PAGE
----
A veteran horse has qualified for a national dressage final at the age of 26, just months after surviving a blood clot.
Chestnut gelding Oscar received life-saving treatment from vets at Durham Equine in Spennymoor after he became dangerously ill with lymphangitis — an inflammation of the lymphatic system — and then suffered a blood clot.
Shortly after, he qualified for the Petplan Equine Area Festival Summer Championships by winning two classes at Alnwick Ford Equestrian Centre.
“To see Oscar at the grand age of 26 make a full recovery from illness and go on to thrive in a competitive environment is immensely rewarding for all of us who had the pleasure of treating him,” said equine vet Kyle Tindall-Read.
“He is lucky to be with us because his bout of lymphangitis was very serious, and then he developed a secondary condition where a vein in his leg became inflamed and a blood clot formed.
“If we hadn’t been able to resolve the condition, Oscar’s life may well have had to have been cut short for reasons of his own welfare. Needless to say, we are thrilled we were able to help him successfully recover.”
‘Leg the size of a tree trunk’
Durham Equine is supporting Golden Oldies Awareness Month, which runs during September and aims to put older horses and ponies in the spotlight, and help their owners best care for them.
Oscar’s owner Lestryne Wheldon is also backing the campaign.
“Oscar is the sweetest, most affectionate horse and it has been a real pleasure to have owned him for 20 years,” she said.
“At the age of 26 he’s showing no signs of slowing down and still has so much to give.
“When he was ill with lymphangitis it was a really worrying time. His left hind leg swelled to the size of a tree trunk and he was in a lot of pain,” she continued.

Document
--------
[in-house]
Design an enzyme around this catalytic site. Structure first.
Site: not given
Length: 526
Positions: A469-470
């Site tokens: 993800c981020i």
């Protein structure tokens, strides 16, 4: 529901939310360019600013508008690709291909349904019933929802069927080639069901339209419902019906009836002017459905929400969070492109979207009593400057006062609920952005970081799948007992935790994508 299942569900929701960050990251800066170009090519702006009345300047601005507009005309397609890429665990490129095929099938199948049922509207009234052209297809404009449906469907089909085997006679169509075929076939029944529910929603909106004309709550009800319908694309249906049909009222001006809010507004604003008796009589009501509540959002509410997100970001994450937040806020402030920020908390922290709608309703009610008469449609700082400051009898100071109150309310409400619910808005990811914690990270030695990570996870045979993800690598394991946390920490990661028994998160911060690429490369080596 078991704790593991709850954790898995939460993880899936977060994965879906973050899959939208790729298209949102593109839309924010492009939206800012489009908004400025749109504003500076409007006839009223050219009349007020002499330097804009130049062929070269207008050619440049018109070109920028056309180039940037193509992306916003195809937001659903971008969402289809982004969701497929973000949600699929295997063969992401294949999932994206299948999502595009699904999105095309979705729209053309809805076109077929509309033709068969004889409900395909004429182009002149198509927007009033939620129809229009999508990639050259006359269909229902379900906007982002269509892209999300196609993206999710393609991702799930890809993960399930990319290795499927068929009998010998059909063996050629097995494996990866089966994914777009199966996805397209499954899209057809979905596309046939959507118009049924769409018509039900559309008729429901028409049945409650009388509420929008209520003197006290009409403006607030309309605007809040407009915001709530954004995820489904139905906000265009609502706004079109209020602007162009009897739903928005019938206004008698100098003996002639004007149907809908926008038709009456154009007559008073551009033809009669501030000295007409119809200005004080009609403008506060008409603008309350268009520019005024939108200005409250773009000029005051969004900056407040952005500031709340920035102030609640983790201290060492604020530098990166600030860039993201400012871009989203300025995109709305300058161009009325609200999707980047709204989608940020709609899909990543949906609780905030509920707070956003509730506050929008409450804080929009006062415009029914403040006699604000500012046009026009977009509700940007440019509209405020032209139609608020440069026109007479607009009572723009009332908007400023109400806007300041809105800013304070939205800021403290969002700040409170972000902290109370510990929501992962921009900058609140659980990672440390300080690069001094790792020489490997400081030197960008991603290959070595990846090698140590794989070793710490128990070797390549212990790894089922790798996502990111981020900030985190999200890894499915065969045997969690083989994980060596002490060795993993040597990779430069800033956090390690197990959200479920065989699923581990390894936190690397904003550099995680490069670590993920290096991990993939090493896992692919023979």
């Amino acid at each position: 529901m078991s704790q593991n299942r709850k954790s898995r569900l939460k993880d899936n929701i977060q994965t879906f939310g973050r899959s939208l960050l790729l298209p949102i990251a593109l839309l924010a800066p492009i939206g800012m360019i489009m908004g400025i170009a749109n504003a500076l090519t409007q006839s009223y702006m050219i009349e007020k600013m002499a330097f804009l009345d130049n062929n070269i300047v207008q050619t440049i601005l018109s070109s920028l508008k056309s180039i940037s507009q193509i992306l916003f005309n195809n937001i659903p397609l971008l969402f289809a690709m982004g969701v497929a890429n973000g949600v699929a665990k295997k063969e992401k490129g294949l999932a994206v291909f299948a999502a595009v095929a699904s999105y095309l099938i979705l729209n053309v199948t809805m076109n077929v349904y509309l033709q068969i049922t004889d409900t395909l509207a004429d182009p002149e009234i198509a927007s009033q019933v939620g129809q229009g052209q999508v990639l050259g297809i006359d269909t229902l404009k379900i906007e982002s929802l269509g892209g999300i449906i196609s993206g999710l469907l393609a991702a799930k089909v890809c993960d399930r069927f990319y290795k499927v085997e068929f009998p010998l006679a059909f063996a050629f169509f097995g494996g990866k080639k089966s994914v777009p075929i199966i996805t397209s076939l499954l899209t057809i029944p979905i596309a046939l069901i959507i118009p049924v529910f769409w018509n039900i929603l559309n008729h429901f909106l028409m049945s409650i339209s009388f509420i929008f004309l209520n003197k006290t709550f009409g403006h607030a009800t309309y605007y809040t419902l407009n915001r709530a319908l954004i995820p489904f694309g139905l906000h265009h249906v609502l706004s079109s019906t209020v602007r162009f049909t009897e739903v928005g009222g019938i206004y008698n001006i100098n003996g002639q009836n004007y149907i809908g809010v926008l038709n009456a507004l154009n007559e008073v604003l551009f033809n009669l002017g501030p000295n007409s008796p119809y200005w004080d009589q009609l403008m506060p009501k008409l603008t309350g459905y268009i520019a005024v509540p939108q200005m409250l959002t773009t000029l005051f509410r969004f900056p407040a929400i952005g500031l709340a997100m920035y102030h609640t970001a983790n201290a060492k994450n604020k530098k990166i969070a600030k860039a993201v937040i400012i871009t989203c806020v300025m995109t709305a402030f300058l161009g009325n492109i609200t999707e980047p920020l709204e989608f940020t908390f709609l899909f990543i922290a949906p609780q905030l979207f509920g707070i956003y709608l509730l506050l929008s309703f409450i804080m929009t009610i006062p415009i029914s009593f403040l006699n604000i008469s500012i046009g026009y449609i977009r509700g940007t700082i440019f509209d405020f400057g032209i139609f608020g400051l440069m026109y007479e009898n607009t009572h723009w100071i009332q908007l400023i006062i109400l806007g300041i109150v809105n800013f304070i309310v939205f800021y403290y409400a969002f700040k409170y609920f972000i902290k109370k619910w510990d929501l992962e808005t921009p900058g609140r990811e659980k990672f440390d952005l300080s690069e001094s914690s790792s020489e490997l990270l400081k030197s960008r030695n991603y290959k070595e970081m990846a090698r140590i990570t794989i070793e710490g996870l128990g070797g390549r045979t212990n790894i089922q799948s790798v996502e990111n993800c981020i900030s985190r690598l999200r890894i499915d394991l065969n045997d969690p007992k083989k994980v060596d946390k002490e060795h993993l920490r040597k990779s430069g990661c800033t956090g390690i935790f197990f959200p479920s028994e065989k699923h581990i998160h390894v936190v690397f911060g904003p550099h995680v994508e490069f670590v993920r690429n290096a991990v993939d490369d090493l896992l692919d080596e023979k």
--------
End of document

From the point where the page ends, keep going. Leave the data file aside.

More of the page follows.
“I was devastated when the blood clot was diagnosed and didn’t know if he was going to recover, but the team at Durham Equine was amazing and they came out every day to care for him.”
Oscar also has navicular and has previously recovered from a fracture of his pedal bone after pulling off one of his shoes and standing on the nails.
“I’m really looking forward to the dressage finals and I’m hoping there’s no drama between now and then — I think I’m going to wrap Oscar up in bubble wrap,” added Lestryne, who is due to compete Oscar in the finals at Arena UK in Lincolnshire in October.
As well as bidding for the prelim dressage title, Oscar will contest the prelim dressage-to-music championship and his soundtrack includes Tina Turner.
‘Age is not a disease’
Kyle said that thanks to developments in veterinary medicine, horses and ponies are living longer and many of Durham Equine’s clients are over the age of 20.
Your Horse recently reported the story of Bamboo, who is still going strong at the age of 50.
“Age is not a disease and horses can live healthy, active lives for longer than many people may think — Oscar is a fantastic example of this,” said Kyle.
“It’s good news for older horses that we are able to identify and treat health conditions affecting them earlier, and can manage horses in their later days better than ever before so that they maintain a high quality of life for longer.
“Don’t forget that your vet is always on hand to help you and your horse, no matter their age.”
Read veterinary top tips for keeping an older horse healthy and happy for longer here.